And at the close, in the 1790s when we find the solstice has retreated into the local experience of families, secularized into memories all shared, and a longing for home. Robert Southey was travelling in Spain (see Southey’s Letters from England) while his wife, Edith (sister to Coleridge’s wife) was in the Lake District (see Kathleen Jones’s A Passionate Sisterhood). How quickly this dream-hope morphs into nostalgia for a scene that is not occurring (“I’ll be home for Christmas if only in my dreams”)

Written on Christmas Day (1795)

How many hearts are happy at this hour
In England! Brightly o’er the cheerful hall
Flares the heaped hearth, and friends and kindred meet,
And the glad mother round her festive board
Beholds her children, separated long
Amid the wide world’s ways, assembled now,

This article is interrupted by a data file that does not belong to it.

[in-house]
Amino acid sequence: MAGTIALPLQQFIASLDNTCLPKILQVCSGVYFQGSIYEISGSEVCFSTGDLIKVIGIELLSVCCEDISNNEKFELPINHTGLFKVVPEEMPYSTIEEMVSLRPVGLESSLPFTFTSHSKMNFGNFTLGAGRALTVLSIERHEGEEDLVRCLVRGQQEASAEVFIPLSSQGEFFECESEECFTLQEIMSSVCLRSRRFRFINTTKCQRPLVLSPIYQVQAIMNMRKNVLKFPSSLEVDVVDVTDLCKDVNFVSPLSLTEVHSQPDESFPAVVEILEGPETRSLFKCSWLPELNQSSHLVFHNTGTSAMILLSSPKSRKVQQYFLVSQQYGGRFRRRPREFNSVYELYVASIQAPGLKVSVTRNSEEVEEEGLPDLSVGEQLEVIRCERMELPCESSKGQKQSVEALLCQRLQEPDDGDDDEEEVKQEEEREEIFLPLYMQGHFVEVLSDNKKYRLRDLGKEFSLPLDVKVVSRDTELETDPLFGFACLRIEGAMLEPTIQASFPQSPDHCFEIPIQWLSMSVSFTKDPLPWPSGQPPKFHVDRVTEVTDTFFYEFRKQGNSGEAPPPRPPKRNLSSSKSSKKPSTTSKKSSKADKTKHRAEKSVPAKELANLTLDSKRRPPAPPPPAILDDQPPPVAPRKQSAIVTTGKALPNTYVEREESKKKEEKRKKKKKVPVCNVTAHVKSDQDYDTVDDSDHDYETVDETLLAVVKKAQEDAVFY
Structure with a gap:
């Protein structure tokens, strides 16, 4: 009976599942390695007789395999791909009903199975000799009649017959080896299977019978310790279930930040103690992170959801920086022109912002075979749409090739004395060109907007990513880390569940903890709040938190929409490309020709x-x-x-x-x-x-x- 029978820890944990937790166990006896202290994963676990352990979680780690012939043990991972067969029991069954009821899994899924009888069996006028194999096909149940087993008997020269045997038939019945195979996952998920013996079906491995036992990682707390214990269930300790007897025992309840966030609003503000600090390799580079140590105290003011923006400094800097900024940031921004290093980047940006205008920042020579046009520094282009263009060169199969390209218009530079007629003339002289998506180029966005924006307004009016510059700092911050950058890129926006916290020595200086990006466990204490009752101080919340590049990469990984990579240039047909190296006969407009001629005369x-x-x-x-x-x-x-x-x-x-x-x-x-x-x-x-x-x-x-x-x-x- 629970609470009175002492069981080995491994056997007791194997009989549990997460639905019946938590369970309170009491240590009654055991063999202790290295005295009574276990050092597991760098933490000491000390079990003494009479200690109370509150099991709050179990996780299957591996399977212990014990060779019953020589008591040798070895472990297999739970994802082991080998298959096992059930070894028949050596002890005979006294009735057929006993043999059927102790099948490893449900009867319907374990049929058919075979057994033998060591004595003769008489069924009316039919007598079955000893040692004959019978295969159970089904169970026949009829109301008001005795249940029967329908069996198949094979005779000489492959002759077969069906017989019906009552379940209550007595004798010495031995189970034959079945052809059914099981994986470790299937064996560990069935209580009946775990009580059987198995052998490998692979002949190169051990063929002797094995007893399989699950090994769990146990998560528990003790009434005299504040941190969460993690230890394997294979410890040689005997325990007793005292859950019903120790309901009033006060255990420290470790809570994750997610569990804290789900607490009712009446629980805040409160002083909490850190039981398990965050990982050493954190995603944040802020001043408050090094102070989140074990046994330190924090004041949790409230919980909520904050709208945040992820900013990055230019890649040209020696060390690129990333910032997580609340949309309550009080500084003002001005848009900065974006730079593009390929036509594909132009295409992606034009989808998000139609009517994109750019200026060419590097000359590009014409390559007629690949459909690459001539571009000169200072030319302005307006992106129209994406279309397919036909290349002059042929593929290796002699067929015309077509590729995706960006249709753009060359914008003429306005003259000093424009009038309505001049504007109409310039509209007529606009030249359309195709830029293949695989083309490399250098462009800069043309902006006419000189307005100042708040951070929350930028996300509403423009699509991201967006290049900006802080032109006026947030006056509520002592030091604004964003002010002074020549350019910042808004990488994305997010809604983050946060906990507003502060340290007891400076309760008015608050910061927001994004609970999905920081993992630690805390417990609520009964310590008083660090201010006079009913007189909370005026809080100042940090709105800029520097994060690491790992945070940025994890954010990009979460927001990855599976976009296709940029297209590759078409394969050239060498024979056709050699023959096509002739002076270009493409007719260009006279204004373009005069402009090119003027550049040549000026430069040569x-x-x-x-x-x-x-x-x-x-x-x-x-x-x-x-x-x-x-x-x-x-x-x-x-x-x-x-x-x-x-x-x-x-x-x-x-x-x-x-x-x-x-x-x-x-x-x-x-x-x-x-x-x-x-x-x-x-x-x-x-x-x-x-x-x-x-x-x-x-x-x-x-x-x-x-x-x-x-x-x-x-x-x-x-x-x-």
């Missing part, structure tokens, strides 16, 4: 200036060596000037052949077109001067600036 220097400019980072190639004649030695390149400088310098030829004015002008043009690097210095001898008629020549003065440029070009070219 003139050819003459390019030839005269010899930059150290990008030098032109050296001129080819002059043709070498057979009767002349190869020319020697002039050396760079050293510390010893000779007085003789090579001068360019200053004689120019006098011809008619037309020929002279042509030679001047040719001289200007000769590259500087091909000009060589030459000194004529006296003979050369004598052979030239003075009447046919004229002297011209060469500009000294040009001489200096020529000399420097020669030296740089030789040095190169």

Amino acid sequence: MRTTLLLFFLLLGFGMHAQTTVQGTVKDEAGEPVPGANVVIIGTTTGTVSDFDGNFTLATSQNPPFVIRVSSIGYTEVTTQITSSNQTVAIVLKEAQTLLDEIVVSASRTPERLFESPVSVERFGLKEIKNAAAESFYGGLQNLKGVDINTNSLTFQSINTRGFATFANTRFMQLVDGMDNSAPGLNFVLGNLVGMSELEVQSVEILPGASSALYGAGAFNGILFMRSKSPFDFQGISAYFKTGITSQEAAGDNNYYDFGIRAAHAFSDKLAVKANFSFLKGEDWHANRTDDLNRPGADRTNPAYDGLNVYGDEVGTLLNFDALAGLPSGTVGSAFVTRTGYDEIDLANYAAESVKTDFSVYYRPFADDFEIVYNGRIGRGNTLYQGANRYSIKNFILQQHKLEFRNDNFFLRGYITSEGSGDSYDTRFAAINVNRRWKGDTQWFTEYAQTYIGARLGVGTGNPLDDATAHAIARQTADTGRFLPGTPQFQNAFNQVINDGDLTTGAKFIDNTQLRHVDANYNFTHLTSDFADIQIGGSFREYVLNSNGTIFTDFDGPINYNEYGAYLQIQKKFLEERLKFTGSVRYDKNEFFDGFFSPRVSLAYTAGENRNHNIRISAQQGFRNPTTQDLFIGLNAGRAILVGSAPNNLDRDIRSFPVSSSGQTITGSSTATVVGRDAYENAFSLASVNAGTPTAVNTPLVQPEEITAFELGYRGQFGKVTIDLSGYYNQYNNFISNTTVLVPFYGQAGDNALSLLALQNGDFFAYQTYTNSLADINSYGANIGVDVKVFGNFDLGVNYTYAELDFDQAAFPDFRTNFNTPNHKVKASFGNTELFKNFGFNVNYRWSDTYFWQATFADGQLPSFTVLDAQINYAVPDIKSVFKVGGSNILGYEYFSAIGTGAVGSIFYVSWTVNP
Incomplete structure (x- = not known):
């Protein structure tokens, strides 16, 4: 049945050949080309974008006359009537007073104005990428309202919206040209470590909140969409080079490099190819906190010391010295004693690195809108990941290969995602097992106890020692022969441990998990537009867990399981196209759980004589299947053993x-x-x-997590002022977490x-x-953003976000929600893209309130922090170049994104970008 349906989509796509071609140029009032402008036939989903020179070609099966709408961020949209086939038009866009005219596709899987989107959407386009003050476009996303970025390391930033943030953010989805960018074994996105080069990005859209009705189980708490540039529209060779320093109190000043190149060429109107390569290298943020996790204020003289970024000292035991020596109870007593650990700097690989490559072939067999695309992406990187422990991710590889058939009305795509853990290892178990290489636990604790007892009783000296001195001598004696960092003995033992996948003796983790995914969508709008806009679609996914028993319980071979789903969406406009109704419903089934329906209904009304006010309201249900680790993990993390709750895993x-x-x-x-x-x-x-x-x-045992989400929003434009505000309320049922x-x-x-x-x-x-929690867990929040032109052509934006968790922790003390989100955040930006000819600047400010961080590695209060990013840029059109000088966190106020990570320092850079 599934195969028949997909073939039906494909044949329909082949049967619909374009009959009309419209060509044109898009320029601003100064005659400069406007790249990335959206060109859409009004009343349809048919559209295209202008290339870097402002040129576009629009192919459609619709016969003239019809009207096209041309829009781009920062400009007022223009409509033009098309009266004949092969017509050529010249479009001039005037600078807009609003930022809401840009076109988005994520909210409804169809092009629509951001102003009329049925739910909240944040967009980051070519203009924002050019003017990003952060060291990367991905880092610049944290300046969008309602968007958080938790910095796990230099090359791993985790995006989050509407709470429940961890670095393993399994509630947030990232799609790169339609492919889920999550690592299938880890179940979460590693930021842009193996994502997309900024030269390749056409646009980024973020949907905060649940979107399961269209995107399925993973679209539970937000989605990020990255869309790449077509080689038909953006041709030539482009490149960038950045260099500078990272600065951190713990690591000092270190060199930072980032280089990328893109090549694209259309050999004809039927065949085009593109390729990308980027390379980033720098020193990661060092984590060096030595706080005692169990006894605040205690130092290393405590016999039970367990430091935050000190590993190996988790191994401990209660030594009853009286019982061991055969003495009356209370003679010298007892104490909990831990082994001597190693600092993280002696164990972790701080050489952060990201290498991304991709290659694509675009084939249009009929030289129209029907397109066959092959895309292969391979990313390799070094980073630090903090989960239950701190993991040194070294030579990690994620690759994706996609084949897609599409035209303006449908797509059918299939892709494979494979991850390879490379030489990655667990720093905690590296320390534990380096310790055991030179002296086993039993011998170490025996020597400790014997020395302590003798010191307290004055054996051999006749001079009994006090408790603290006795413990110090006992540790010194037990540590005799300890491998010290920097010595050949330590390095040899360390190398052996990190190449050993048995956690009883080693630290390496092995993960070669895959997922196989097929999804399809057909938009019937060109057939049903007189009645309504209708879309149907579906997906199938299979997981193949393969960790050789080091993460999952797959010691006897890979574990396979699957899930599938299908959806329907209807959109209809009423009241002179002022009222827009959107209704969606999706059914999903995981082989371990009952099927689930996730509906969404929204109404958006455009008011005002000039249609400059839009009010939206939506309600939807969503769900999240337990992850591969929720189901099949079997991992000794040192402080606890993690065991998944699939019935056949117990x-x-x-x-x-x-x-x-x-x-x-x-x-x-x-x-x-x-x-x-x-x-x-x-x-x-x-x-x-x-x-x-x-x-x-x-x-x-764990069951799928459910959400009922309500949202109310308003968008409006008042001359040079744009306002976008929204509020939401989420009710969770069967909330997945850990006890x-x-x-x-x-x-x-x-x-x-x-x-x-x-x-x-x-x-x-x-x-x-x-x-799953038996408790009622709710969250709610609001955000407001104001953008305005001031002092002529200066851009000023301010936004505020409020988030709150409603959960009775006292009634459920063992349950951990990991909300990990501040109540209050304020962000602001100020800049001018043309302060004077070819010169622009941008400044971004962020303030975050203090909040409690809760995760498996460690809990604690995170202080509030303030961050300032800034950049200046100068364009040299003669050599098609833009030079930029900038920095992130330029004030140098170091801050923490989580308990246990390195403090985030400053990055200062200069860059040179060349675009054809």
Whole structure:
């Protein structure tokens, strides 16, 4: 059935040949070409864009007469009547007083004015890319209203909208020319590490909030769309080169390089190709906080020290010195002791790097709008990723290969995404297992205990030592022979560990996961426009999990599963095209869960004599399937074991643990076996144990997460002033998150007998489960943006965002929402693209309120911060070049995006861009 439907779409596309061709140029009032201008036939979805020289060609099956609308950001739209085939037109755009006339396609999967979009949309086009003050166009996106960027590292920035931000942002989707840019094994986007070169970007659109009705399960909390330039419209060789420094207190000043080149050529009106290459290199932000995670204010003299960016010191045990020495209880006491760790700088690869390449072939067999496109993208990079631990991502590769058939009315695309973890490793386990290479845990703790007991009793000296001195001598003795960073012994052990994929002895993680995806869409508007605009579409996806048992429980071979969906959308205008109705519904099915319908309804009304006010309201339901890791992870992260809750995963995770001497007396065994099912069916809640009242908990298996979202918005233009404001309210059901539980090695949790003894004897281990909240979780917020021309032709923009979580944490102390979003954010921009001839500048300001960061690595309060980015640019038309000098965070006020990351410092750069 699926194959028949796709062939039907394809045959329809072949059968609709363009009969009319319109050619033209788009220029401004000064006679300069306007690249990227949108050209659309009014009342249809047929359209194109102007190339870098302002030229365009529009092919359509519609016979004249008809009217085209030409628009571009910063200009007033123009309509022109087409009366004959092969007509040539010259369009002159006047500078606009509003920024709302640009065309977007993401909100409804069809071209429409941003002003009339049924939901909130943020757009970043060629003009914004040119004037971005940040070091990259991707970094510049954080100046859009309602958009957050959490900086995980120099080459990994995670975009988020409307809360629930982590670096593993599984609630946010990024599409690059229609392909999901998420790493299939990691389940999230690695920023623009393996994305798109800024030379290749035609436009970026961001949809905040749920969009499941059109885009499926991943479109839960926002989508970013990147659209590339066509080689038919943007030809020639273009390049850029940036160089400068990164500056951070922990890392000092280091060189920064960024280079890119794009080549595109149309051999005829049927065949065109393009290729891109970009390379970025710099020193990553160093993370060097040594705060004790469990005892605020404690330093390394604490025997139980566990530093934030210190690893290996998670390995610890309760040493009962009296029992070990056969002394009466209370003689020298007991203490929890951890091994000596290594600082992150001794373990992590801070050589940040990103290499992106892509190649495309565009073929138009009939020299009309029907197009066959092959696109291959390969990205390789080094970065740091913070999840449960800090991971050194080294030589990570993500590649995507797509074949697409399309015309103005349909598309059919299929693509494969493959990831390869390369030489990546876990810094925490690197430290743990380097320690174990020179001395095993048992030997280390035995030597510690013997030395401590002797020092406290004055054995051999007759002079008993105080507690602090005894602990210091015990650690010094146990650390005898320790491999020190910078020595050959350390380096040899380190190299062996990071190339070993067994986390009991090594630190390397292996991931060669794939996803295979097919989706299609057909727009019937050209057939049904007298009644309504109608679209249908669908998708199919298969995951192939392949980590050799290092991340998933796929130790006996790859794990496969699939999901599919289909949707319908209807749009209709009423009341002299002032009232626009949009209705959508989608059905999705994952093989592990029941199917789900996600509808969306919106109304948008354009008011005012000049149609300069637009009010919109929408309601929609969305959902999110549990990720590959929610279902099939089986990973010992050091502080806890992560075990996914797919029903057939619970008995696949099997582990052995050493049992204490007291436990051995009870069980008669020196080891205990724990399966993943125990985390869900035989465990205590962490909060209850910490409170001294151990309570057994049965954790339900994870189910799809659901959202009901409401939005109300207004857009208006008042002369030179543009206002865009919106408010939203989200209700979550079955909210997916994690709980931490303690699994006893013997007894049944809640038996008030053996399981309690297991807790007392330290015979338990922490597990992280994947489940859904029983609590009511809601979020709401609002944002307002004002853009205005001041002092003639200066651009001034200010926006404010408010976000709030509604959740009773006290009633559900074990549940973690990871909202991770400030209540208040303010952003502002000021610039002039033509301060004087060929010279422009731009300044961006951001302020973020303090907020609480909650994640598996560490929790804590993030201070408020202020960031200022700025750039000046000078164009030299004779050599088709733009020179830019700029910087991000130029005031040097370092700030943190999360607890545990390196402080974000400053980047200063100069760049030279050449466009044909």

A sight at which affection lightens up
With smiles the eye that age has long bedimm’d.
I do remember when I was a child
How my young heart, a stranger then to care,
With transport leap’d upon this holy-day,
As o’er the house, all gay with evergreens,
From friend to friend with joyful speed I ran,
Bidding a merry Christmas to them all.
Those years are past; their pleasures and their pains
Are now like yonder covent-crested hill
That bounds the distant prospect, indistinct,
Yet pictured upon memory’s mystic glass
In faint fair hues. A weary traveller now
I journey o’er the desert mountain tracks
Of Leon, wilds all drear and comfortless,
Where the grey lizards in the noontide sun
Sport on the rocks, and where the goatherd starts,
Roused from his sleep at midnight when he hears
The prowling wolf, and falters as he calls